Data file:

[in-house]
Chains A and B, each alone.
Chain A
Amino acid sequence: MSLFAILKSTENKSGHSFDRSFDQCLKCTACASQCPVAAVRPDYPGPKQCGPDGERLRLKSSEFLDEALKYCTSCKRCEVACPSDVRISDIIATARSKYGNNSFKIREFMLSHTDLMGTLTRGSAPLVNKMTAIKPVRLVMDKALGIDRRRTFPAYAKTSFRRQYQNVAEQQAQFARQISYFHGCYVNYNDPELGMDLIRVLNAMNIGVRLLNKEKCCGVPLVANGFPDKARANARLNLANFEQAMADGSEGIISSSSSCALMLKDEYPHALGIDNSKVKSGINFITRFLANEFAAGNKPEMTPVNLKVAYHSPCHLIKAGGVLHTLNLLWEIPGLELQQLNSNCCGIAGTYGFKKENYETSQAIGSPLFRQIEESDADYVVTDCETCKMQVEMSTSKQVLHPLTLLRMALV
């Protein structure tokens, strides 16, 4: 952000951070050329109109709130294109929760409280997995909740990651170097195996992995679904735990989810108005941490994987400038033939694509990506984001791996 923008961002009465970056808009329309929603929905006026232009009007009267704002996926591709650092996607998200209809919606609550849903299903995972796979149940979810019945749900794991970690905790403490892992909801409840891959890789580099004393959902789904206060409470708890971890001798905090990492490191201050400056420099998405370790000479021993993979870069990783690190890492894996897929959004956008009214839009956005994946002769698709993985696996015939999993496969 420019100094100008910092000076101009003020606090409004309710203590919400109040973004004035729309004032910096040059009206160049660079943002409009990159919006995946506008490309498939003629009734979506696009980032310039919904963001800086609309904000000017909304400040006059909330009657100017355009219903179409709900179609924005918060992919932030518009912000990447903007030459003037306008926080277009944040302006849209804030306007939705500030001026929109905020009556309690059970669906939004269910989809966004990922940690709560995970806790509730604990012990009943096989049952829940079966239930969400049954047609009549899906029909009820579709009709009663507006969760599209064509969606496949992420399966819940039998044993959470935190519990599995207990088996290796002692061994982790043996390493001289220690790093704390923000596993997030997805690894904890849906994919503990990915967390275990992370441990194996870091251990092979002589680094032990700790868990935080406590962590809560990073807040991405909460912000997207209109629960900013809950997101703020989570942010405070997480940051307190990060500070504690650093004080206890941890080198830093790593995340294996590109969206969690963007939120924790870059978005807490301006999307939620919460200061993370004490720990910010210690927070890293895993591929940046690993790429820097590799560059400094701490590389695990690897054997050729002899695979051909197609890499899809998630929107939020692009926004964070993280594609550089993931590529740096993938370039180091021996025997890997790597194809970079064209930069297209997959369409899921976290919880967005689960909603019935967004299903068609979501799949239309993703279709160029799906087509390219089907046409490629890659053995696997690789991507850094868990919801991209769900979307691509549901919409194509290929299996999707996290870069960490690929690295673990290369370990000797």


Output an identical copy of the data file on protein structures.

[in-house]
Chains A and B, each alone.
Chain A
Amino acid sequence: MSLFAILKSTENKSGHSFDRSFDQCLKCTACASQCPVAAVRPDYPGPKQCGPDGERLRLKSSEFLDEALKYCTSCKRCEVACPSDVRISDIIATARSKYGNNSFKIREFMLSHTDLMGTLTRGSAPLVNKMTAIKPVRLVMDKALGIDRRRTFPAYAKTSFRRQYQNVAEQQAQFARQISYFHGCYVNYNDPELGMDLIRVLNAMNIGVRLLNKEKCCGVPLVANGFPDKARANARLNLANFEQAMADGSEGIISSSSSCALMLKDEYPHALGIDNSKVKSGINFITRFLANEFAAGNKPEMTPVNLKVAYHSPCHLIKAGGVLHTLNLLWEIPGLELQQLNSNCCGIAGTYGFKKENYETSQAIGSPLFRQIEESDADYVVTDCETCKMQVEMSTSKQVLHPLTLLRMALV
């Protein structure tokens, strides 16, 4: 952000951070050329109109709130294109929760409280997995909740990651170097195996992995679904735990989810108005941490994987400038033939694509990506984001791996 923008961002009465970056808009329309929603929905006026232009009007009267704002996926591709650092996607998200209809919606609550849903299903995972796979149940979810019945749900794991970690905790403490892992909801409840891959890789580099004393959902789904206060409470708890971890001798905090990492490191201050400056420099998405370790000479021993993979870069990783690190890492894996897929959004956008009214839009956005994946002769698709993985696996015939999993496969 420019100094100008910092000076101009003020606090409004309710203590919400109040973004004035729309004032910096040059009206160049660079943002409009990159919006995946506008490309498939003629009734979506696009980032310039919904963001800086609309904000000017909304400040006059909330009657100017355009219903179409709900179609924005918060992919932030518009912000990447903007030459003037306008926080277009944040302006849209804030306007939705500030001026929109905020009556309690059970669906939004269910989809966004990922940690709560995970806790509730604990012990009943096989049952829940079966239930969400049954047609009549899906029909009820579709009709009663507006969760599209064509969606496949992420399966819940039998044993959470935190519990599995207990088996290796002692061994982790043996390493001289220690790093704390923000596993997030997805690894904890849906994919503990990915967390275990992370441990194996870091251990092979002589680094032990700790868990935080406590962590809560990073807040991405909460912000997207209109629960900013809950997101703020989570942010405070997480940051307190990060500070504690650093004080206890941890080198830093790593995340294996590109969206969690963007939120924790870059978005807490301006999307939620919460200061993370004490720990910010210690927070890293895993591929940046690993790429820097590799560059400094701490590389695990690897054997050729002899695979051909197609890499899809998630929107939020692009926004964070993280594609550089993931590529740096993938370039180091021996025997890997790597194809970079064209930069297209997959369409899921976290919880967005689960909603019935967004299903068609979501799949239309993703279709160029799906087509390219089907046409490629890659053995696997690789991507850094868990919801991209769900979307691509549901919409194509290929299996999707996290870069960490690929690295673990290369370990000797």